If something does not seem right in your business, contact your attorney, your banker, your local law enforcement agency, or a forensic accountant for expert assistance in determining if something dishonest took place. Make sure your internal controls work properly in order to avoid potential fraud and catastrophe. Remember: prevention is always cheaper than detection.

Fraud: Current Trends and Information

Trillions of dollars of revenue worldwide is lost due to fraud. According to the Association of Certified Fraud Examiners 2016 Report to the Nations on Occupational Fraud and Abuse, 5 percent of annual revenues are lost to fraud–that is $3.7 trillion worldwide. While the median loss was $150,000, 23 percent of cases involved losses of greater than $1 million. Typically, smaller organizations suffer the larger losses. It is important to be aware of the current trends in fraud so your company can avoid occupational fraud and abuse.

In 83 percent of fraud cases, the fraud involved asset misappropriation. Most frequently victimized were private companies and those in the banking and financial services industry. While employees were typically the perpetrators, owners and executives were the ones who generated the largest fraud losses. The primary weakness in many of these cases was lack of internal controls.

An example of poor controls in a small business can be seen in an actual fraud examination performed by Eide Bailly. The bookkeeper for a tile company was responsible for daily tasks including collecting sales receipts, completing deposit slips and making deposits. After a period of time, the bookkeeper began to remove checks and hid them in her desk. Later, when the daily sales included an amount of cash that matched one or several of the checks which had been set aside, the bookkeeper exchanged the cash for checks and made the daily deposit. No one in the company was aware the cash was missing until it was discovered revenue numbers would not reconcile. By the end of the scheme, the business lost more than $150,000.

Some simple controls could have prevented this scheme. Businesses should consider:

  • Using a hotline
    One way to stay on top of fraud cases is through the utilization of a hotline. More than a third—39.1 percent—of fraud cases were detected by a tip line, and in 51.5 percent of cases, employees were the source of the tip. Organizations with a hotline are 50 percent quicker at detecting fraud. Hotlines are beneficial for both the employer and the employee due to ease and anonymity.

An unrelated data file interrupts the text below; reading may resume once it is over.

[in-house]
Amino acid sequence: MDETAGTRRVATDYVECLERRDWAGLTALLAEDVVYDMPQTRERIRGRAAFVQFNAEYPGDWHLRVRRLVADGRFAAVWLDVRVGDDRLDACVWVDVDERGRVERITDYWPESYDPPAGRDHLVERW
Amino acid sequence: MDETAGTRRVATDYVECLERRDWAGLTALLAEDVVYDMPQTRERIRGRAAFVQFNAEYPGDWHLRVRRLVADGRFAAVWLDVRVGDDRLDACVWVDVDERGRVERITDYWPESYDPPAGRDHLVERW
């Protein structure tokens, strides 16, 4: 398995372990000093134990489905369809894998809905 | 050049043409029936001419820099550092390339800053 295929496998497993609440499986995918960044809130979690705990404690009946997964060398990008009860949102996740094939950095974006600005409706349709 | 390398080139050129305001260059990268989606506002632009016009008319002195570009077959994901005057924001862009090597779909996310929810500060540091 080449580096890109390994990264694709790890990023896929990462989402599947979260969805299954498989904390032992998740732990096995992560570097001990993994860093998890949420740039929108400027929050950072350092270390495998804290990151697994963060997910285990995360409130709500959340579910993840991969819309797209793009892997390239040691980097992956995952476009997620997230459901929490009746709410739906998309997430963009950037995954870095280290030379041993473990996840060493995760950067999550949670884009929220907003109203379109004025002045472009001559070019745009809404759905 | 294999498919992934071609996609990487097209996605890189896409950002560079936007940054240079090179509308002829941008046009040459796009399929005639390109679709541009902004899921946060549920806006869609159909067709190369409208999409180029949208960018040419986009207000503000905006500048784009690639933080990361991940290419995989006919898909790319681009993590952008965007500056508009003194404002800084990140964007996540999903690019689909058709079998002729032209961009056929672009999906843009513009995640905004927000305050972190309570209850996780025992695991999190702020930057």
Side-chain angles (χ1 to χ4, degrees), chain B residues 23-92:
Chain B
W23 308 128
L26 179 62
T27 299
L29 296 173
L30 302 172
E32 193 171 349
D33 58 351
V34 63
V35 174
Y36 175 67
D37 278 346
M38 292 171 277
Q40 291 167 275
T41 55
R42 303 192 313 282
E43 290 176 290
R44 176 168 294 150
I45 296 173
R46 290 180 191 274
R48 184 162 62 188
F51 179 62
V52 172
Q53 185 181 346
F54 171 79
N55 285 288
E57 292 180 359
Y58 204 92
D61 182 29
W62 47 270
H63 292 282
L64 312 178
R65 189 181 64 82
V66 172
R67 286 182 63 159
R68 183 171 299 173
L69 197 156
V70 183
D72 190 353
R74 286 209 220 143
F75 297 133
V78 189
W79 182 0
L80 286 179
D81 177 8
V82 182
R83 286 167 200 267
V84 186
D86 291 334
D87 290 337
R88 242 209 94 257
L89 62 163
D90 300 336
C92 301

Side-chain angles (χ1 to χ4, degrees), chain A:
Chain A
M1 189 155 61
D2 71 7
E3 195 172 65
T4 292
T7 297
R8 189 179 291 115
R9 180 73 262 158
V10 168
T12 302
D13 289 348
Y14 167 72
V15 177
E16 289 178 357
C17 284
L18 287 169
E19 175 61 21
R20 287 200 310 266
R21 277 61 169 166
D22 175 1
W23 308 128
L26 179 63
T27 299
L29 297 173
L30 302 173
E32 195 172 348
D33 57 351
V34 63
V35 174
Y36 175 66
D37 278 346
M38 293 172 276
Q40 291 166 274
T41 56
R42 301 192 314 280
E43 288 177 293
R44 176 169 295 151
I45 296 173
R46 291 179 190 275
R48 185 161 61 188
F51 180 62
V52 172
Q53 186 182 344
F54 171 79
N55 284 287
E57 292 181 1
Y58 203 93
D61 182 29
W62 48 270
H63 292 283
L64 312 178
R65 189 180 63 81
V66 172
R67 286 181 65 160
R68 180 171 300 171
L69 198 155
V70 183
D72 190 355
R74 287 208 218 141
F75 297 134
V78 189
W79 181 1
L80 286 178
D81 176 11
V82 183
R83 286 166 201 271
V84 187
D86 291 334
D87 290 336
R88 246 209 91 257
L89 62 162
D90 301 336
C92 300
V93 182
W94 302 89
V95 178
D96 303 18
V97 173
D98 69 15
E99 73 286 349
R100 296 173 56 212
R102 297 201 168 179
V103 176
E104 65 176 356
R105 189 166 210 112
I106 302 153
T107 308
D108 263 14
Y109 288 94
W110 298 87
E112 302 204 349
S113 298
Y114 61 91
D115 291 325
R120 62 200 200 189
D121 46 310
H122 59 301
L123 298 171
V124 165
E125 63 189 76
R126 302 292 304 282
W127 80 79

• Establishing preventative controls
    Preventive controls include deterring or preventing unauthorized transactions, requiring proper authorization, and instilling physical safeguards such as locks, keys and passwords. Another important preventative control is segregation of duties. Proper segregation of duties is imperative because when one person controls multiple phases of a transaction, the opportunity for fraud increases significantly. Nearly two-thirds of all frauds are committed by one person acting alone. By involving at least one other person, the risk of fraud can be greatly reduced. For example, having a second individual involved in documenting and verifying vendors can impact someone’s ability to introduce a false vendor into the company’s A/P process. One person documents the vendor’s information and a second individual then vets the vendors’ information prior to entering it into the company’s A/P system. This simple control can keep someone from submitting false invoices for services never rendered or requested. In one of our previous examinations, an A/P clerk used this specific scheme to embezzle $170,000.
  • Establishing detective controls
    Detective controls include independent checks to ensure that transactions have proper authority and are recorded correctly. For example, rotating job duties, a mandatory vacation requirement, and surprise audits are effective detective controls. Assuring adequate documentation and records are maintained is also an important detective control. Procedures should be implemented to ensure these detective controls are in place.

With appropriate measures in place, you can successfully decrease the risk of fraud in your workplace. While most frauds are uncovered by accident, it is important to remember to not overlook the most obvious signs. If you suspect fraudulent activity, employ the skills of a forensic accountant for detection and investigation.